When Samsung recently confirmed that it had started streaming 3D TV content via at app on its Smart Hub platform, it was unexpected - and a touch disappointing.

The appearance of the latest 3D blockbusters would have been a genuine game-changer, but the collection of DreamWorks film trailers and other short 3D clips could still give some consumers their first taste of 3D in the home.

Movie streaming in 2D is well underway, with most smart TVs from the major manufacturers hosting either Lovefilm or Acetrax - or both - but 3D streaming is only available from Virgin Media's FilmFlex service, and even there it's limited to ten or so 3D movies.

Will other brands follow Samsung's example and bring 3D streaming to living rooms?

"We do have the capability to do it, but we've not announced services as yet," Steve Lucas, consumer AV & imaging product specialist at Panasonic, confirmed to TechRadar.

"The likelihood is that we'll start with a demo channel streamed on Viera Connect with Panasonic-created content."

More 'goldfish-in-a-bowl' 3D, then, though it does seem harsh to expect TV manufacturers to broker content rights deals. Actual broadcasting should surely be up to existing movie streaming services such as Lovefilm or Acetrax, the latter of which streams 2D movies on Viera Connect (as does Eurosport for sports news, a broadcaster that now has a 3D channel on Virgin Media).

Lucas agrees: "If Acetrax had the streaming rights for streaming in 3D, then we would host it. It's not something that we would go out to secure. We would be reliant on third party suppliers."

Technical issues

There are, however, a few technical problems that put the brakes on the 3D streaming future.

Although at least a third of the UK's 200,000 3D TV owners are signed-up to Sky, the UK's newest 3D host, Virgin Media, could be well poised as it also runs a super-fast fibre optic broadband network.

Bandwidth is a major factor in TV manufacturer's indecision over 3D streaming. "A 3D side-by-side format broadcast takes the same space as a regular 2D HD channel," explains Lucas, "so if that's the case for 3D streaming then the TV would cope with it perfectly well."

"Frame sequential 3D - a Full HD image to each eye - will be possible in the future when bandwidth speeds are much greater, but today it would be difficult to make sure consumers get a good service that's not interrupted."

Lucas points to the BBC iPlayer's 'higher def' service as an example; it's better than SD, but stops short of being HD quality because of bandwidth restrictions.

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Offering a stable stream and brokering rights deals is the bread and butter of movie streaming companies like Acetrax and Lovefilm, but is the UK's digital infrastructure up to it?

"We would need a lot of bandwidth for 3D video on demand," says Leslie Golding, Chief Marketing Officer at Acetrax, "but we would probably do some kind of bandwidth detection, with a 'You can buy this 3D film, but beware' message."

Golding also thinks adaptive streaming would be crucial for 3D, so if the bandwidth suddenly reduces, the movie could go 'less 3D' or more grayscale for a few seconds or minutes rather than the movie buffer and stutter.

Content and quality

But bandwidth, says Golding, is only one part of the jigsaw. "The numbers of 3D TV owners are lower than many expected a year ago," he says, "and while there is some 3D content available from National Geographic and the History Channel, popular 3D movies are much harder to get. Someday there will be a button up there on Acetrax for a 3D version, but at the moment the content owners want to keep hold of it for a 3D Blu-ray disc."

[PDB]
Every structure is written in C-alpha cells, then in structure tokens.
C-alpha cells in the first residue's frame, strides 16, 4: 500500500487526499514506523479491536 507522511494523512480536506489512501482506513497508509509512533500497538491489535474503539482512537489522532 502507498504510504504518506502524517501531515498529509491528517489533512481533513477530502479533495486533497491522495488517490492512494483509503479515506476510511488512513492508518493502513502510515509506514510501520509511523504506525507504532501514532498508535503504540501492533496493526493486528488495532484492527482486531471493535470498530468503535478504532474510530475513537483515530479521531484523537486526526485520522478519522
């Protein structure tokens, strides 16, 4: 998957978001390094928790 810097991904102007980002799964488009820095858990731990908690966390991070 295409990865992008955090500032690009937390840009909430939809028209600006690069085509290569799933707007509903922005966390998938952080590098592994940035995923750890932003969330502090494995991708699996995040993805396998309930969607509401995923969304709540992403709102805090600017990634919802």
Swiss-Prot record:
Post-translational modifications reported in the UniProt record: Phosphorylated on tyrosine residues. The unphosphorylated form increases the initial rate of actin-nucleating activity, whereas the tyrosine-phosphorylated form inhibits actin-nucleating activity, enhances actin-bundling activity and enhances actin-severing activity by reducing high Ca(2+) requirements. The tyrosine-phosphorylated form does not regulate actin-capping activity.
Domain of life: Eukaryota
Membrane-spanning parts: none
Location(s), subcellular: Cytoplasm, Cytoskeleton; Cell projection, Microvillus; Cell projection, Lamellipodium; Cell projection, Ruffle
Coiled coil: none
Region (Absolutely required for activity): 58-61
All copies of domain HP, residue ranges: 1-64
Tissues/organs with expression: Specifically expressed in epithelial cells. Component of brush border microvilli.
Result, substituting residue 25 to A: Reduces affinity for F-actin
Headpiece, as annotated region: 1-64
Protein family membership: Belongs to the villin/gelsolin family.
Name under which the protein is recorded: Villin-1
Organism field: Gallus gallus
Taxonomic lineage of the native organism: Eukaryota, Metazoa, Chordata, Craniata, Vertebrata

"I think 3D streaming is additional to 3D discs," Andy Griffiths, Vice President of consumer electronics at Samsung, told TechRadar. "It's about broadening the access to content, and personalising it. There's space for disc usage and the increasing amount of high definition content that's feeding that on to Blu-ray. Then there's all the different access points in smart TV and new Blu-ray functionality that's beginning this year."

Panasonic takes a different tack: it's not about access, but quality - and the latter would certainly suffer if 3D was streamed to TVs.

"Panasonic very much supports the Full HD frame sequential system, and that can only be delivered via Blu-ray," says Lucas.

"When Panasonic initially proposed the system for delivery for 3D movies we wanted to build a TV that would give you Full HD to each eye, but the broadcast side of things means they can't broadcast Full HD to each eye, so half resolution is the only way. You're not enjoying the ultimate picture quality, but that's always been the case with broadcast vs hard media."

For Golding, it's less a problem of bandwidth and picture quality, and more to do with content ownership. "It's not the tech, it's that the rights of the likes of Avatar in 3D are being so carefully guarded, restricted and controlled by the content owners. If they were to make a strategic change we'd see 3D streaming happen very quickly."

The first European country to benefit would probably be France, which has faster bandwidth, thinks Golding, but for the moment 3D streaming just isn't economically viable.

"We have to give minimum guarantees to the studios - and the truth is that there are simply not enough 3D TVs in the marketplace yet."

Lovefilm (which recently expanded its streaming service) also confirmed to us that it had no 3D streaming plans on the horizon, but a 3D video on demand future seems inevitable as broadband speeds increase and 3D TVs slowly spread in to living rooms.

In the meantime, most people would be happy with a proper hi-def 2D streaming service.